A product that I like to take as a good example of success in terms of development are the quadrocopters.
Quadrocopters were a lab curiosity 15 years ago. Then, many toy manufacturers haven competing to make them cheaper and cheaper and over the course of 10 years as the price dropped, the quality and manoeuvrability of these machine sky-rocketed to the point it became an affordable toy, that engineering students could afford buying and test crazy control algorithms with, or buy many of them to operate them as a swarm. I like the fact that from the lab, it became a cheap toy, to come back to the lab as a platform for research. I want to see Protei be the Quadrocopters of the oceans as highly manoeuvrable workhorses, but performing research and clean up efforts.
Protei is trying to learn from these 3 bottom up projects :
- to be a great open hardware product that manages it’s transition from underground electronic culture item to become a standard sold in every electronic store (referring to Arduino).
- to be a global academic project that is exploring the ocean and making all the information available for everyone all the time (referring to Argo Network).
- to become a product that uses the market competitively to become cheaper and better, to serve environmental activities (referring to Quadrocopters).
I believe it is possible to manage such collaborative project if the vision and the objectives are of obvious general interest, the technology excitingly new and the project managed rigorously while being open.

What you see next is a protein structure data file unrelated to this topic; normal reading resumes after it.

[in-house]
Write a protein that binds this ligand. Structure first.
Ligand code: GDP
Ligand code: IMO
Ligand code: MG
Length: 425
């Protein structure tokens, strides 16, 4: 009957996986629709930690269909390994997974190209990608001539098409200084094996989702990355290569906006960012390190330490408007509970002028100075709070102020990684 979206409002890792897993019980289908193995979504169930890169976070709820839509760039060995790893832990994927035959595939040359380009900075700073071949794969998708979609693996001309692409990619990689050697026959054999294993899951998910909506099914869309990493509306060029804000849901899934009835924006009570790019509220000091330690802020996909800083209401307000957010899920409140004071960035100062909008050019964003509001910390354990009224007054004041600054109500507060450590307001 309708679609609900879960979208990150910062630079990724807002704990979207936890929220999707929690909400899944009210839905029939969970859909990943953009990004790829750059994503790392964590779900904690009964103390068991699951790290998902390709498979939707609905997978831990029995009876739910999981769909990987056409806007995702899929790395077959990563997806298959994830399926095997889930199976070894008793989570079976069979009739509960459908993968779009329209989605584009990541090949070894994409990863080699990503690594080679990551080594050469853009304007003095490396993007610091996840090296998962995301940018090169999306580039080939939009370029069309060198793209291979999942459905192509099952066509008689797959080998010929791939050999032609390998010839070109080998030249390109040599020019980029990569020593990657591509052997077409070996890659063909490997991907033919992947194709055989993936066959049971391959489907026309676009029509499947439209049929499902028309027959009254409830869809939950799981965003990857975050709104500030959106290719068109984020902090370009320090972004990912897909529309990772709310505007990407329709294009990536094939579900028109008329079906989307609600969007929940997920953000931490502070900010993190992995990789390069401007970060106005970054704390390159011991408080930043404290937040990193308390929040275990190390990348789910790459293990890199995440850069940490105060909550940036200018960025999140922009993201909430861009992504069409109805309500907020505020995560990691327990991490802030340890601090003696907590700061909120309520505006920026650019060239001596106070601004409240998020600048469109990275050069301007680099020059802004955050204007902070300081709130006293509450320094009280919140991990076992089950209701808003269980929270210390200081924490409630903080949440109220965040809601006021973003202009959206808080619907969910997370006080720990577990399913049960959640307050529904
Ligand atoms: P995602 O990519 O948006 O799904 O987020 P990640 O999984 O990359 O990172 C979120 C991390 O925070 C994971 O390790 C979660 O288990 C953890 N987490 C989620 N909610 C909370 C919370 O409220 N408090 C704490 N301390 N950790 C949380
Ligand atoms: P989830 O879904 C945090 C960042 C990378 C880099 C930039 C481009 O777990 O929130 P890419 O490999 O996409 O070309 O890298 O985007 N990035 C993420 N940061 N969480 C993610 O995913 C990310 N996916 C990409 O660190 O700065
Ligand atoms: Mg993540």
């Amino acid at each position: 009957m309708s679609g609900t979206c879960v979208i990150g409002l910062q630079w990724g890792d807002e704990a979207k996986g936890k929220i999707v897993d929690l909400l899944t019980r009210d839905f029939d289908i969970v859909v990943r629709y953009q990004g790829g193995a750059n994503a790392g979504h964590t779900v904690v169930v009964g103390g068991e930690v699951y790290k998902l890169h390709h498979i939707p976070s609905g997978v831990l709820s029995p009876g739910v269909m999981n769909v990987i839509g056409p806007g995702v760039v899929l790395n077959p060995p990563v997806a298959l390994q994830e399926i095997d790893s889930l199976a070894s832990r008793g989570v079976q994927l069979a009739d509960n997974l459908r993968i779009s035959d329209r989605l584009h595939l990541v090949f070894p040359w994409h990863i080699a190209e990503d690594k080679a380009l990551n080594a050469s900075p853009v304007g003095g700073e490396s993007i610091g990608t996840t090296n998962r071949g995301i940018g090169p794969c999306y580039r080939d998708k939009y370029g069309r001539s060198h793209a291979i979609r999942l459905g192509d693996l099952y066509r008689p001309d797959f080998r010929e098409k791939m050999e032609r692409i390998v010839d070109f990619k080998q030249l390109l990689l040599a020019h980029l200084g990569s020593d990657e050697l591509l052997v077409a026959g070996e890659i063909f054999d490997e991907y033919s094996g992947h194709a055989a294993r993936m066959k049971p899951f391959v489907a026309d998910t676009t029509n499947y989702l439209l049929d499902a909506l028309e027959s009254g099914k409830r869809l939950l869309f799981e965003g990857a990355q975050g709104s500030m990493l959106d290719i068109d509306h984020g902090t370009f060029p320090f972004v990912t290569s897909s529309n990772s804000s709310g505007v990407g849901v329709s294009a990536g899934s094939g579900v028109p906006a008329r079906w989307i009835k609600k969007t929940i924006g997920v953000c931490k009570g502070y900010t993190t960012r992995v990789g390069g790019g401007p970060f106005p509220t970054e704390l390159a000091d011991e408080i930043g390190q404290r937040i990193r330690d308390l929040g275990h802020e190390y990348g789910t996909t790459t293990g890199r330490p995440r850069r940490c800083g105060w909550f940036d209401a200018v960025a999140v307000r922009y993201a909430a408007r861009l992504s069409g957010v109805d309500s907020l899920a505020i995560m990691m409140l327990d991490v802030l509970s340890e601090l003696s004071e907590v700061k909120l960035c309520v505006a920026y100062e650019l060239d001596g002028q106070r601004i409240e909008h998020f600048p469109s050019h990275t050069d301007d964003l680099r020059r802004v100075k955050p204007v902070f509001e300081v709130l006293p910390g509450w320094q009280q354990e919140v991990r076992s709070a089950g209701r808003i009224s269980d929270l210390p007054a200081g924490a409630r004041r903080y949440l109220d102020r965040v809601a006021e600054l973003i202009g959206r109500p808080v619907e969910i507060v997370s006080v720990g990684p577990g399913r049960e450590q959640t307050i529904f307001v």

3) Why did you agree to speak at PICNIC? What are you hoping to bring to the event? What are you hoping to get out of participation?
I am eager to meet other practitioners and theoreticians to share their experiences, difficulties and findings. I look forward to interact with the audience and perhaps sparkle new collaborations.
We built Protei_006 in Rotterdam last summer, I love Netherlands because it is a small connected country of entrepreneurs. As you know, many Dutch cultural organisations have seen their budget cut up to 75% and I am eager to see how they will re-invent themselves to become economically self-reliant, when art becomes an industry that has to wrestle in the arena of innovation and technology. Protei is at the intersection of art and science and I believe should become a pilot of how to make this transition from art to a beautiful, environmentally and economically critical technology. In the Netherlands Protei has been produced by the V2_ Institute for the Unstable Media, we’ve been working with TU Eindhoven, TU Delft Alumni and I want to see Protei Dutch community grow stronger and stronger.